Label-Free and Labeled Technology for Protein Characterization and Quantitation - Use it label-free, or add labels to detect contaminants in solution. - BioPharm International

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Label-Free and Labeled Technology for Protein Characterization and Quantitation
Use it label-free, or add labels to detect contaminants in solution.


BioPharm International
Volume 23, Issue 9

SELECTED APPLICATIONS

Label-free techniques are powerful tools in bioprocess monitoring for quality management applications and in R&D for applications such as antibody screening, epitope binning and mapping, and affinity and kinetic studies. LSPR technology fits into these categories based on recent published results.4–6,8 Concentration monitoring and kinetic analyses, two applications of LSPR technology, are discussed below.


Figure 2. Examples to illustrate the depth of the LSPR detection. A) Dose-response of a Protein A surface for human IgG binding, ranging from ~7 μg/mL to 10 mg/mL. 60 μL of IgG is introduced at 30 μL/min to the LSPR surface, followed by a rinse of PBS. The green (25 sec) and blue (120 sec) arrows indicate reading time for generating the calibration curves in panel B. B) Shifts after 25 sec (green line) and 120 sec (blue line) are plotted against the IgG concentrations. The dashed line represents a fit to the logistic model and is used as a calibration curve. C) Illustration of the influence of the matrix on the performance of the LSPR sensor. The binding properties for a Protein A/IgG binding are measured for IgG spiked in PBS and in cell culture media of non-expressing cells at an identical concentration (performed at a customer site). There is a close relationship between the two media, indicating only a minimal perturbation of the media on the performance of the LSPR sensor. D) Illustration of the LSPR capability to compute kinetic parameters. The model used here has caboxybenzene sulfonamide (CBS) on the surface and bovine carbonic anhydrase II (CAII), a 29 kDa molecule, in solution at concentrations of 100, 33.3, 11.1, 3.33, and 1.11 μg/mL. The gray line is the response of CAII on a reference surface lacking CBS on the surface. Fits with Scrubber 2 software to yield a KD of ~1.5 μM, consistent with results reported using SPR techniques.9–10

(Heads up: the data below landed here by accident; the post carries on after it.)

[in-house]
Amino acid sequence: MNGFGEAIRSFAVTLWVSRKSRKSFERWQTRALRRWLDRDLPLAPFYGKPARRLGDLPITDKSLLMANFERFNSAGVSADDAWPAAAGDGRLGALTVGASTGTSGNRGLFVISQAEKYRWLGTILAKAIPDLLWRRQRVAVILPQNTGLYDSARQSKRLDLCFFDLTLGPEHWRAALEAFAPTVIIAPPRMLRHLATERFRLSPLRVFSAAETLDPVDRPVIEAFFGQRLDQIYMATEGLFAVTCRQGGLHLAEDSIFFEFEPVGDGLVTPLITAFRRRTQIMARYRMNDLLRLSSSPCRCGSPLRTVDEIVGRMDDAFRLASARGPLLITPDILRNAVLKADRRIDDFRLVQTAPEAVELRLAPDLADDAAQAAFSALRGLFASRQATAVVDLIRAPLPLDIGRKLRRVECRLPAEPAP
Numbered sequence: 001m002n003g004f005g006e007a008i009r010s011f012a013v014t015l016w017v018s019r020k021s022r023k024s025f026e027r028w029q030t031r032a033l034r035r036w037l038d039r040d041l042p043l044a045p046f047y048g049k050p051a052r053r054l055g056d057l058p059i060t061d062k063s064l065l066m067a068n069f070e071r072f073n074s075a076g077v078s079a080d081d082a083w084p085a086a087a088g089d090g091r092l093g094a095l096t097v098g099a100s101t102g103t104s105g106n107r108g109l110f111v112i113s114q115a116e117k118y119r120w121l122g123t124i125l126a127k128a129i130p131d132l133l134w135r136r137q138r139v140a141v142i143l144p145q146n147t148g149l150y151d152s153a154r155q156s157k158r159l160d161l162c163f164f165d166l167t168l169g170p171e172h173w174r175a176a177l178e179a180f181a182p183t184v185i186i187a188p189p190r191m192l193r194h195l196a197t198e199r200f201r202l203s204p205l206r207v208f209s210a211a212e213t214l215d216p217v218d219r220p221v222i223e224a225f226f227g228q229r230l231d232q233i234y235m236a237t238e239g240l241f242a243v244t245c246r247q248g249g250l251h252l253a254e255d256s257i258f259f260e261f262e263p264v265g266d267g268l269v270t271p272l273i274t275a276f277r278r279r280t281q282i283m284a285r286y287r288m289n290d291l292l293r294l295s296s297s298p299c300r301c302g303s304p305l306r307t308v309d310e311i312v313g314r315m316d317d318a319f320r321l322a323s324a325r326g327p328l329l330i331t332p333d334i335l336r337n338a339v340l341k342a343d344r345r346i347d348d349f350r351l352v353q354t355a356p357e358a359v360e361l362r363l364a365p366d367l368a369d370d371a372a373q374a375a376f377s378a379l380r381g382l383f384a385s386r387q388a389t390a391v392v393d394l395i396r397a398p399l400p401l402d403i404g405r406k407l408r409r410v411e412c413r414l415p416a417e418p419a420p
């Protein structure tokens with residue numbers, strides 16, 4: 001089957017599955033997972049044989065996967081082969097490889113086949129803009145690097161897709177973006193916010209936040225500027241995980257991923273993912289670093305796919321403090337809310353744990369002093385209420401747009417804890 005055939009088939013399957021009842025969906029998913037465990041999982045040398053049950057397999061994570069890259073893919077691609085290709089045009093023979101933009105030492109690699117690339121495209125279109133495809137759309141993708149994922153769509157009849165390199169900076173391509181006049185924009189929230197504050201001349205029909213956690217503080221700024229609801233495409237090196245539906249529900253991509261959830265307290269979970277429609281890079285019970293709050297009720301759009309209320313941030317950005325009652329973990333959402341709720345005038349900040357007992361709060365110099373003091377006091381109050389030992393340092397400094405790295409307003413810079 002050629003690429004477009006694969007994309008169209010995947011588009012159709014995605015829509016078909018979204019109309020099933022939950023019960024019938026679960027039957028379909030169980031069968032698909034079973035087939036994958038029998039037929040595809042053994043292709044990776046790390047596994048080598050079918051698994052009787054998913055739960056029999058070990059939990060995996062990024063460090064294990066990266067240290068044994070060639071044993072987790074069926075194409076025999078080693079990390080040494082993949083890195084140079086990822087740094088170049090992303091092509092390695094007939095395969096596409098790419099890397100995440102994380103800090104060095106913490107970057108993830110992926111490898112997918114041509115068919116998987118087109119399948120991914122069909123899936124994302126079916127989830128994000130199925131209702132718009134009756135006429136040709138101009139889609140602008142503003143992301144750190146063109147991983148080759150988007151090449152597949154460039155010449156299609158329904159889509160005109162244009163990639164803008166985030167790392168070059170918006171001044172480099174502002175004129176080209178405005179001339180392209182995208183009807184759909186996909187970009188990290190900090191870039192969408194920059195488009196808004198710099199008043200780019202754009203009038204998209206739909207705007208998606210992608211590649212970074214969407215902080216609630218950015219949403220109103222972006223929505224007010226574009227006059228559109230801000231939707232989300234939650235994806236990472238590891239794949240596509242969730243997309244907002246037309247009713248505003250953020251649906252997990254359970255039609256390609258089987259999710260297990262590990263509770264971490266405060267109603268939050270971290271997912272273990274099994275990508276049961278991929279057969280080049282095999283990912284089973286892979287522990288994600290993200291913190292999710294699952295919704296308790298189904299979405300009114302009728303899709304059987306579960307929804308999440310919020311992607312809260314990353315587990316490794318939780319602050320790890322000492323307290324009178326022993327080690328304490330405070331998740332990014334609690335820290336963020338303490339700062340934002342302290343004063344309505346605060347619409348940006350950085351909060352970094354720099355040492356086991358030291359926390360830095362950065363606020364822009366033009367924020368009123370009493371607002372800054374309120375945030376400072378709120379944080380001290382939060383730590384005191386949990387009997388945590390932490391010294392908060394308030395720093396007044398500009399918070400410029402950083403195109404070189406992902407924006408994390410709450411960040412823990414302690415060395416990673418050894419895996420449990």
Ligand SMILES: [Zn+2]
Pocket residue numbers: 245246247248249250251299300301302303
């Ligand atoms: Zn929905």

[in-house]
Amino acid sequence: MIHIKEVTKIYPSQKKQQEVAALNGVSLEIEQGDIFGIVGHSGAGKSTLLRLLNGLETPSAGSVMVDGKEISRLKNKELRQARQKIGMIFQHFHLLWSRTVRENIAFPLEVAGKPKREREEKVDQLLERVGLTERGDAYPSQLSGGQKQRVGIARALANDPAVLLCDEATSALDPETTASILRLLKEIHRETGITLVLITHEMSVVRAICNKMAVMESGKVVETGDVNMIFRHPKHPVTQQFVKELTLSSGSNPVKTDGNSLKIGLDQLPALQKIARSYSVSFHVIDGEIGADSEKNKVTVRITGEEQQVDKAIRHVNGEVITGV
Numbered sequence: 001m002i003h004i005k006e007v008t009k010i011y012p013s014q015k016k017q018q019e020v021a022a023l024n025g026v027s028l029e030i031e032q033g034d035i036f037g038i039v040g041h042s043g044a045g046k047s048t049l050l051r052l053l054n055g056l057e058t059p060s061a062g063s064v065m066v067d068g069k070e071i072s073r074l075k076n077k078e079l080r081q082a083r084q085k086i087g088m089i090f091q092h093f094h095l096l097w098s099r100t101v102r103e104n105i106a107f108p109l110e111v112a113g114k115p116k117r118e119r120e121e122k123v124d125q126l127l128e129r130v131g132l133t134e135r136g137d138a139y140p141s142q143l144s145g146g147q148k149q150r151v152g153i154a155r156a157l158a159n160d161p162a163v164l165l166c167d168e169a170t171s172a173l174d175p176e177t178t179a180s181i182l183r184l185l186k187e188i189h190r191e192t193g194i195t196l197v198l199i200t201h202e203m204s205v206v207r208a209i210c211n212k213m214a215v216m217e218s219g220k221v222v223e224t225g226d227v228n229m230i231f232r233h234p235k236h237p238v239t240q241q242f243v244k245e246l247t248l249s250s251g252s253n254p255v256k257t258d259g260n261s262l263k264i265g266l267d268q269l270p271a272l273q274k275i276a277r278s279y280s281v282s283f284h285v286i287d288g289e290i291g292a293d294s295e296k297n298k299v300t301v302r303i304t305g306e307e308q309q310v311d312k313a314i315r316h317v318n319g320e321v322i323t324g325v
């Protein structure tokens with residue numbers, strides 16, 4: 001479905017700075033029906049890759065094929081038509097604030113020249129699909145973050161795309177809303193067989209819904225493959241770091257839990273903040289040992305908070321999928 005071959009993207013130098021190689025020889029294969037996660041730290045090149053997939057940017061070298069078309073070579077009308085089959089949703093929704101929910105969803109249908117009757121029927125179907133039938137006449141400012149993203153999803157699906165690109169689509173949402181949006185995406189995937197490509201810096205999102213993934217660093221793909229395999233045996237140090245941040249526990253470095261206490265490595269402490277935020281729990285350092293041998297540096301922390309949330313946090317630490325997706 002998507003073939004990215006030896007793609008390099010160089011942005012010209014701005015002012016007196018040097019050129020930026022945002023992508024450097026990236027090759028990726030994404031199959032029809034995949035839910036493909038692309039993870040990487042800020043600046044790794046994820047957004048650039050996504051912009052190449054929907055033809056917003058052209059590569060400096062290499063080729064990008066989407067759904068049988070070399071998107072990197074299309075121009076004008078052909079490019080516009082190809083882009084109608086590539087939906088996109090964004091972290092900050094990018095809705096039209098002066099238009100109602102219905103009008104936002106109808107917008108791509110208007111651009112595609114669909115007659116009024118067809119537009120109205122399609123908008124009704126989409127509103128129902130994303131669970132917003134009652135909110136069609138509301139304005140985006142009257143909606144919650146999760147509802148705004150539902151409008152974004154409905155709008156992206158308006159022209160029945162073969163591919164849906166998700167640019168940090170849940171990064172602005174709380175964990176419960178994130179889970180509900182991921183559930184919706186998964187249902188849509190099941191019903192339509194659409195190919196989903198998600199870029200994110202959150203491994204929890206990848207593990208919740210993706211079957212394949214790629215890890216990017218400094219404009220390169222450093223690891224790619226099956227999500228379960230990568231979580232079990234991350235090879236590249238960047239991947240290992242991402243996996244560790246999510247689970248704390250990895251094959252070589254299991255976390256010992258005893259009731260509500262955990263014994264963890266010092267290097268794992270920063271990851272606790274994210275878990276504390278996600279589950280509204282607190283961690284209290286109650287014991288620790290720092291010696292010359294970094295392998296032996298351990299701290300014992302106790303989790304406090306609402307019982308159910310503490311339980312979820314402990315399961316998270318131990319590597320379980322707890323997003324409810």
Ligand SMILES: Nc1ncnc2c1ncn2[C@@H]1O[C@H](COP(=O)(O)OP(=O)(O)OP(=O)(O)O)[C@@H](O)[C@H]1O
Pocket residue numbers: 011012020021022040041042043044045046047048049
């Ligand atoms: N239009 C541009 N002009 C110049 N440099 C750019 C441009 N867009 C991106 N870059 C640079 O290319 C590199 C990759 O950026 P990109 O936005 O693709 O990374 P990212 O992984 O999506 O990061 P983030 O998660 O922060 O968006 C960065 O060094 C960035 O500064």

The high degree of binding reproducibility traces can be used to evaluate dose response or the titer of a particular analyte. In Figure 2A, the response of a Protein A biosensor is measured when exposed to different concentrations of human IgG ranging from 7 μg/mL to 10 mg/mL. There are three overlapping repeats at 500 μg/mL. For quantitation, the LSPR sensor shift is read as a function of the analyte concentration at arbitrarily set check times. Figure 2B reports the reading after 25 and 120 sec for each concentration. The readings can be fit with a logistic model as shown by the dashed lines through the data points. This approach establishes a calibration curve for the sensor or batch of sensors, and is used for determining the test antibody concentration by comparing the shift produced by the test antibody with the calibration curve.

Figure 2C compares the dose-response for human IgG measurements performed in PBS and crude media, and indicates only a marginal difference. In fact, LSPR technology has been used to quantify the amount of IgG expressed by Chinese hamster ovary cells and in media obtained from a fermenter within a few percent of the value obtained by HPLC. More generally, LSPR technology is compatible with various matrices, including crude media, whole blood, cell lysates, and other complex buffers containing up to 10% dimethyl sulfoxide (DMSO).

Similarly, LSPR technology is particularly useful for kinetic analyses because in injection and rinse steps there is negligible bulk effect, which minimizes the need for data manipulation, a potentially major source of variance. Figure 2D represents the kinetic data for the binding and dissociation of bovine carbonic anhydrase II, a 29 kDa protein, to immobilized sulfonamide ligands. Various repeats show that the responses can be reproduced, and allow the kinetic parameters to be computed using Scrubber 2 software, designed for data analysis and used for SPR. The rate constants (kon, koff, and KD) are compatible with values reported in the literature using SPR.9–10


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